This post describes how to create custom Mindbreeze search interfaces using the built-in Mindbreeze client.js file. This post is a follow up to our post on Four Options for Creating Mindbreeze Search Interfaces where we mention Option 3 is creating custom Mindbreeze web applications.

For this example, I will be using my local web server with XAMPP for Windows which uses Apache in the background. Setting up XAMPP is beyond the scope of this blog post, but this approach can be taken with any web server or architecture.

The widgets and html snippet references in the post are based on the following documentation from the Mindbreeze website: Development of Search Apps.

Creating a Basic Search Page

To begin, I created a blog.html file referencing Mindbreeze’s client.js file and using RequireJS to load the Mindbreeze search application. To do this, I created a new application object and told the page where the starting <div> block is using the rootEl property of the application. Since I did not want the page to run a blank search right away, I also added the startSearch property and set it to false.

There are a few mustache templates that I injected onto the page by copying and pasting from the default Mindbreeze search application (index.html). I then removed some of the optional elements to create a no-frills search page as shown in the snippet below. I’ve included the templates for result count and spelling suggestions, which are contained in the searchinfo and results templates respectively.

Navigating to this page with a query parameter (e.g. ?query=ALL) returns a simple search results list without any styling.

We can now add our own custom styling to the page. I added the Bootstrap CDN, along with jQuery to style my page.

Adding some bootstrap class information like container and col-md-9 for the results helps me quickly style the page for adding on facets.

There are two different types of facets that Mindbreeze offers: FilteredFacets and FilteredFacet.  FilteredFacets allow for the configuration page in the Management Center to control what facets are displayed on the page.  FilteredFacet allows developers to manually add the desired facets individually.  For this demonstration, I will be manually adding a facet using FilteredFacet. This is shown below with the addition of the facet for author.

We can see that I now have the author field as a configured value.  There are more configurations offered like changing the template of the results in the filter or HTML tags, allowing user input, and modifying the title label. Information on these options can be found here: Mindbreeze Filtered Facet Widget.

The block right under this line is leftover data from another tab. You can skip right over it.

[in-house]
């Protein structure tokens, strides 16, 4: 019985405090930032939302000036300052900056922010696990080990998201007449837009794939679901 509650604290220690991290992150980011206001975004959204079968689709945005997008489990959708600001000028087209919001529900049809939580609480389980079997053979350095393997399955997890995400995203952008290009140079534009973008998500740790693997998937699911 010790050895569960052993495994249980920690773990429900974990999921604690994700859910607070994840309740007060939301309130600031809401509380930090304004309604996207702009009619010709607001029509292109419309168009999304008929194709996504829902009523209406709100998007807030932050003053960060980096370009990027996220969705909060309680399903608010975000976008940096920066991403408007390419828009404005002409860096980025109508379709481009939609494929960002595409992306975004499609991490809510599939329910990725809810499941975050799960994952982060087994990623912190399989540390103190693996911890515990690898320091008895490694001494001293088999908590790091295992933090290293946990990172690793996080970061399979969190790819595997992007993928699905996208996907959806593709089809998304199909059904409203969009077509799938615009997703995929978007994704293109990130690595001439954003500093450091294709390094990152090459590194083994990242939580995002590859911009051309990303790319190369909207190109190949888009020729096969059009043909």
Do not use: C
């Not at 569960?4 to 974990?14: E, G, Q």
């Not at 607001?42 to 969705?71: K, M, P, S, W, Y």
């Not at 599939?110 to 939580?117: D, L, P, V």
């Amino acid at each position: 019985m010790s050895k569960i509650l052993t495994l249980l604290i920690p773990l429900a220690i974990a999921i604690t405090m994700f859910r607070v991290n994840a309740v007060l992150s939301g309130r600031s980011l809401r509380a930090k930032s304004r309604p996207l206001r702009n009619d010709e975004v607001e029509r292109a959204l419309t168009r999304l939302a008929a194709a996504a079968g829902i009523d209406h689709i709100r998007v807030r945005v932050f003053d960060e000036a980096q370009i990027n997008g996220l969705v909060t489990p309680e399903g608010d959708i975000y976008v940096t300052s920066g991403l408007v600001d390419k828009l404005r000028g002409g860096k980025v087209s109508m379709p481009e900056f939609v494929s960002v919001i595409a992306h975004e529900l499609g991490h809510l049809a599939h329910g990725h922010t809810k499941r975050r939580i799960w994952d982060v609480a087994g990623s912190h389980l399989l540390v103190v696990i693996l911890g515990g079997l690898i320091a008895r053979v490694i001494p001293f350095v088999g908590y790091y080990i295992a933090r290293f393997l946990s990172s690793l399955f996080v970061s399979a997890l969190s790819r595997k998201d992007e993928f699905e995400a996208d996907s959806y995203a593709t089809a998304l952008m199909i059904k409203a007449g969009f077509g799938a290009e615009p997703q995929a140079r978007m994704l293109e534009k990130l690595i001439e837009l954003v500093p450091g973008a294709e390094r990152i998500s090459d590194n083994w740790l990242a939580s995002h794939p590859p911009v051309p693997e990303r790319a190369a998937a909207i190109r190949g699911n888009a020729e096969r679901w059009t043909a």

Now we will add the search form onto the page. This will allow suggestions to show up when a user is typing a query.  You can add additional parameters to the input tag to tell Mindbreeze which data sources to run suggestions against like popular searches, recent searches, and document properties.  This documentation is available here: Mindbreeze Suggestions.

We’ll style the suggestions in the next section.

Now we want to add pagination or infinite scrolling to allow the loading of more results.  For this example, I will use paging via the Mindbreeze pages tempalte. This will allow page numbers to display in list format and Mindbreeze will be able to handle the paging actions for us.

Modifying Mustache Templates to Alter Result Data

Now we want to structure our result data. This is an easy way to adjust the information displayed for each result item. We can do this by overriding our results <div> and adding our own mustache.  Here is where you can make changes such as adding specific metadata for each result to display contextually relevant information.

Adding Custom Styling

After the appropriate data is returned, we can perform some styling.  For this, I am going to reference a custom CSS file on my Apache server.

We recommend that your CSS handle displaying search results on both mobile and desktop displays.

You can see the styling of the Suggestions (using jQuery UI autocomplete) below.

I’ve included the final code for this example below. You can see how this could be modified and extended to suit a wide variety of needs and use cases. If you have any questions about our experience with Mindbreeze or would like to know more, please contact us.